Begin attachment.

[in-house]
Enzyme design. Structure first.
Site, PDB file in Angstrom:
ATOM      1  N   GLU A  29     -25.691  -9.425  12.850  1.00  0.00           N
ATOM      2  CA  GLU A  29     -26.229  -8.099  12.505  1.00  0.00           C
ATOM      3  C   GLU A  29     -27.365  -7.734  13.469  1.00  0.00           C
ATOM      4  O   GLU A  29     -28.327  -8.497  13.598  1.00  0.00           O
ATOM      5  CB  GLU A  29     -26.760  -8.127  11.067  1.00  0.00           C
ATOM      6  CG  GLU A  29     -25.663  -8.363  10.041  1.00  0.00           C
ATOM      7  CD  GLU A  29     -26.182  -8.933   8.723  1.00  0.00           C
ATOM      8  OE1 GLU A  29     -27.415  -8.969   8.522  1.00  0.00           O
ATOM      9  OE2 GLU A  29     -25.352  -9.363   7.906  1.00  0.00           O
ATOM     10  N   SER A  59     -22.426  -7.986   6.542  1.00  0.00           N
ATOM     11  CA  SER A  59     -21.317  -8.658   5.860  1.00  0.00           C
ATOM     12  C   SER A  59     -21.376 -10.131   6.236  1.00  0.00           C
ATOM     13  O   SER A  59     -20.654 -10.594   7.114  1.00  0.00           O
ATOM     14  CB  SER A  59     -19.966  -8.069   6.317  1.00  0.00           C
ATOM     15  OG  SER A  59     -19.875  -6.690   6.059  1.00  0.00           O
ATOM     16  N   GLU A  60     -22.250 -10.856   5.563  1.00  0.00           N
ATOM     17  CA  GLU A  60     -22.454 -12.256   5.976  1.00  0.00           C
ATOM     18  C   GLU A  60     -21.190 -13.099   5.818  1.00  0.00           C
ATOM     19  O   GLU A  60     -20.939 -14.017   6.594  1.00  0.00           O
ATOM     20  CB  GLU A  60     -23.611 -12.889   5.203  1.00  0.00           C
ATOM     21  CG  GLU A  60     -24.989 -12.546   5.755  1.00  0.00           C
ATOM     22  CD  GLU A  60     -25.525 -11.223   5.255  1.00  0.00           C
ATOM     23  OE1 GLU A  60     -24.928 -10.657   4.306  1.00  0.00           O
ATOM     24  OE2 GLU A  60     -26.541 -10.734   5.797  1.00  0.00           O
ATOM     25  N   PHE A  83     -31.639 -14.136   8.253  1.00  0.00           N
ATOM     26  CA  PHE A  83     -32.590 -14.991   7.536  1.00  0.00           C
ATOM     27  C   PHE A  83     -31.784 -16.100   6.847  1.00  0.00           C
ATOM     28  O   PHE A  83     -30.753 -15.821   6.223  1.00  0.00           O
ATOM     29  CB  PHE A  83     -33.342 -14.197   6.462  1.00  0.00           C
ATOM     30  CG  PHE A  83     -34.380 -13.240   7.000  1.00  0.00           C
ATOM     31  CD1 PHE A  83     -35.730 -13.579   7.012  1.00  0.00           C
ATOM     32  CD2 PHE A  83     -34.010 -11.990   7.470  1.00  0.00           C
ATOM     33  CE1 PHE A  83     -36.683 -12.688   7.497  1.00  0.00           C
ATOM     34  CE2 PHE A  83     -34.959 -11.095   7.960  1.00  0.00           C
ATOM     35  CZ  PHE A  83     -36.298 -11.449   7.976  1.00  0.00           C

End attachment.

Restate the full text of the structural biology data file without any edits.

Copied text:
[in-house]
Enzyme design. Structure first.
Site, PDB file in Angstrom:
ATOM      1  N   GLU A  29     -25.691  -9.425  12.850  1.00  0.00           N
ATOM      2  CA  GLU A  29     -26.229  -8.099  12.505  1.00  0.00           C
ATOM      3  C   GLU A  29     -27.365  -7.734  13.469  1.00  0.00           C
ATOM      4  O   GLU A  29     -28.327  -8.497  13.598  1.00  0.00           O
ATOM      5  CB  GLU A  29     -26.760  -8.127  11.067  1.00  0.00           C
ATOM      6  CG  GLU A  29     -25.663  -8.363  10.041  1.00  0.00           C
ATOM      7  CD  GLU A  29     -26.182  -8.933   8.723  1.00  0.00           C
ATOM      8  OE1 GLU A  29     -27.415  -8.969   8.522  1.00  0.00           O
ATOM      9  OE2 GLU A  29     -25.352  -9.363   7.906  1.00  0.00           O
ATOM     10  N   SER A  59     -22.426  -7.986   6.542  1.00  0.00           N
ATOM     11  CA  SER A  59     -21.317  -8.658   5.860  1.00  0.00           C
ATOM     12  C   SER A  59     -21.376 -10.131   6.236  1.00  0.00           C
ATOM     13  O   SER A  59     -20.654 -10.594   7.114  1.00  0.00           O
ATOM     14  CB  SER A  59     -19.966  -8.069   6.317  1.00  0.00           C
ATOM     15  OG  SER A  59     -19.875  -6.690   6.059  1.00  0.00           O
ATOM     16  N   GLU A  60     -22.250 -10.856   5.563  1.00  0.00           N
ATOM     17  CA  GLU A  60     -22.454 -12.256   5.976  1.00  0.00           C
ATOM     18  C   GLU A  60     -21.190 -13.099   5.818  1.00  0.00           C
ATOM     19  O   GLU A  60     -20.939 -14.017   6.594  1.00  0.00           O
ATOM     20  CB  GLU A  60     -23.611 -12.889   5.203  1.00  0.00           C
ATOM     21  CG  GLU A  60     -24.989 -12.546   5.755  1.00  0.00           C
ATOM     22  CD  GLU A  60     -25.525 -11.223   5.255  1.00  0.00           C
ATOM     23  OE1 GLU A  60     -24.928 -10.657   4.306  1.00  0.00           O
ATOM     24  OE2 GLU A  60     -26.541 -10.734   5.797  1.00  0.00           O
ATOM     25  N   PHE A  83     -31.639 -14.136   8.253  1.00  0.00           N
ATOM     26  CA  PHE A  83     -32.590 -14.991   7.536  1.00  0.00           C
ATOM     27  C   PHE A  83     -31.784 -16.100   6.847  1.00  0.00           C
ATOM     28  O   PHE A  83     -30.753 -15.821   6.223  1.00  0.00           O
ATOM     29  CB  PHE A  83     -33.342 -14.197   6.462  1.00  0.00           C
ATOM     30  CG  PHE A  83     -34.380 -13.240   7.000  1.00  0.00           C
ATOM     31  CD1 PHE A  83     -35.730 -13.579   7.012  1.00  0.00           C
ATOM     32  CD2 PHE A  83     -34.010 -11.990   7.470  1.00  0.00           C
ATOM     33  CE1 PHE A  83     -36.683 -12.688   7.497  1.00  0.00           C
ATOM     34  CE2 PHE A  83     -34.959 -11.095   7.960  1.00  0.00           C
ATOM     35  CZ  PHE A  83     -36.298 -11.449   7.976  1.00  0.00           C